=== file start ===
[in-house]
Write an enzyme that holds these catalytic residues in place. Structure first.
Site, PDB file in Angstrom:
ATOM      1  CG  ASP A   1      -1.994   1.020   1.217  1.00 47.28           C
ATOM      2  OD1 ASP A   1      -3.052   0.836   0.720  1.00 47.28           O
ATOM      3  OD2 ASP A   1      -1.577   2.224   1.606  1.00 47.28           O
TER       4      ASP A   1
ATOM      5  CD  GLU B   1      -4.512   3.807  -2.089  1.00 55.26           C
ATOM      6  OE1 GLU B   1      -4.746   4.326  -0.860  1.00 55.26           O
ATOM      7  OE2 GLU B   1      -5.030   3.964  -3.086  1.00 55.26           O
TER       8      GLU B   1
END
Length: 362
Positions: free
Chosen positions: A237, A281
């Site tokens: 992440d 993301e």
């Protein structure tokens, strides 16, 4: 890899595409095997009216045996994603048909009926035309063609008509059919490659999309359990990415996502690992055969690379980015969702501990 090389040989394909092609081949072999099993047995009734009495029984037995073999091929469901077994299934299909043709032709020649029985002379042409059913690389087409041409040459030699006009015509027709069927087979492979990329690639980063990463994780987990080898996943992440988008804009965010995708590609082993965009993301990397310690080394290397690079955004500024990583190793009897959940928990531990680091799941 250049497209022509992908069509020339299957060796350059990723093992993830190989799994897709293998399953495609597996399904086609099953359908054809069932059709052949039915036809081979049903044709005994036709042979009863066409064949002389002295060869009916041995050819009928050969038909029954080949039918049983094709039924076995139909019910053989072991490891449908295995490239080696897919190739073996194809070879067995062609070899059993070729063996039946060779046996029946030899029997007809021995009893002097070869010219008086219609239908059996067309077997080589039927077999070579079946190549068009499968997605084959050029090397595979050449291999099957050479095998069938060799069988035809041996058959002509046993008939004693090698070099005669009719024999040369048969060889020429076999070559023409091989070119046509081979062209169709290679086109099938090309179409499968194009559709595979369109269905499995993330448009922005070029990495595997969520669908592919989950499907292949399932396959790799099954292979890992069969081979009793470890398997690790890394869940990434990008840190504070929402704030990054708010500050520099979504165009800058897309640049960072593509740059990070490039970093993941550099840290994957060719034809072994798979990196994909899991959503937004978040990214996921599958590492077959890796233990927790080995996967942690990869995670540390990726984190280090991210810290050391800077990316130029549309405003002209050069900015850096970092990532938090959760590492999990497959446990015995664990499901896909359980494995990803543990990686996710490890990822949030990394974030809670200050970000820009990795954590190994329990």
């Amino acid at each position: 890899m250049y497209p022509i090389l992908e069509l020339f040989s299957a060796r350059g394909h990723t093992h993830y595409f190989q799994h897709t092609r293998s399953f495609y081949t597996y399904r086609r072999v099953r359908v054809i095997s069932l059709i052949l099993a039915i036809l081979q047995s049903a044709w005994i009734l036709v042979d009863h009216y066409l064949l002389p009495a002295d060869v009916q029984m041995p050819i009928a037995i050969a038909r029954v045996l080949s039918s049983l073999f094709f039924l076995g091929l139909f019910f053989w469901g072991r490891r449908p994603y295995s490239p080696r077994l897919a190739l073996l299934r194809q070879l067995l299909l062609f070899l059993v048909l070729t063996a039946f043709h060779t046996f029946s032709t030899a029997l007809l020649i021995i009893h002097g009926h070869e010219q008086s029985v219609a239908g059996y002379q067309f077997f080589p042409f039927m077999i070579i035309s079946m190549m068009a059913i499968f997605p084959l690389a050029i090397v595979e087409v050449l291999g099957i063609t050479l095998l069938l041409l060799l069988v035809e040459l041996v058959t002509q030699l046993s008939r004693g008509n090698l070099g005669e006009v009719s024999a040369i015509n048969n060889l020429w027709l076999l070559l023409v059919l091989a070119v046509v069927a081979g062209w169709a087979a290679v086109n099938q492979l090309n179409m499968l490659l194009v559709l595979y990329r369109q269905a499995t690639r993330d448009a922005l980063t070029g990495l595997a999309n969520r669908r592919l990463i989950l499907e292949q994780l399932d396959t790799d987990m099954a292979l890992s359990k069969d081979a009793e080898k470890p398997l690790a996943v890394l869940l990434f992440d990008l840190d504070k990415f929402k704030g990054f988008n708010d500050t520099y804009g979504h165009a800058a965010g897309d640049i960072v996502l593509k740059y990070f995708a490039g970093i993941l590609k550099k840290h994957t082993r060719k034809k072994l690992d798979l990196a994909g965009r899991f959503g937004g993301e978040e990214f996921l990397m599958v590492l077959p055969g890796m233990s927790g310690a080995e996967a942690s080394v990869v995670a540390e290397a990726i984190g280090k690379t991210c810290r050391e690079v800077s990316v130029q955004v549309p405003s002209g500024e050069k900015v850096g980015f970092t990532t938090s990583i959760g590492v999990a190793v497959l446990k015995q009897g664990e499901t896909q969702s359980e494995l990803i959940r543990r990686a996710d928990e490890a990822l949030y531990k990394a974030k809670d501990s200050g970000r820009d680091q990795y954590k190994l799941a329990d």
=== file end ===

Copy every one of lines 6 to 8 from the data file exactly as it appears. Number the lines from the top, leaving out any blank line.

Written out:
ATOM      3  OD2 ASP A   1      -1.577   2.224   1.606  1.00 47.28           O
TER       4      ASP A   1
ATOM      5  CD  GLU B   1      -4.512   3.807  -2.089  1.00 55.26           C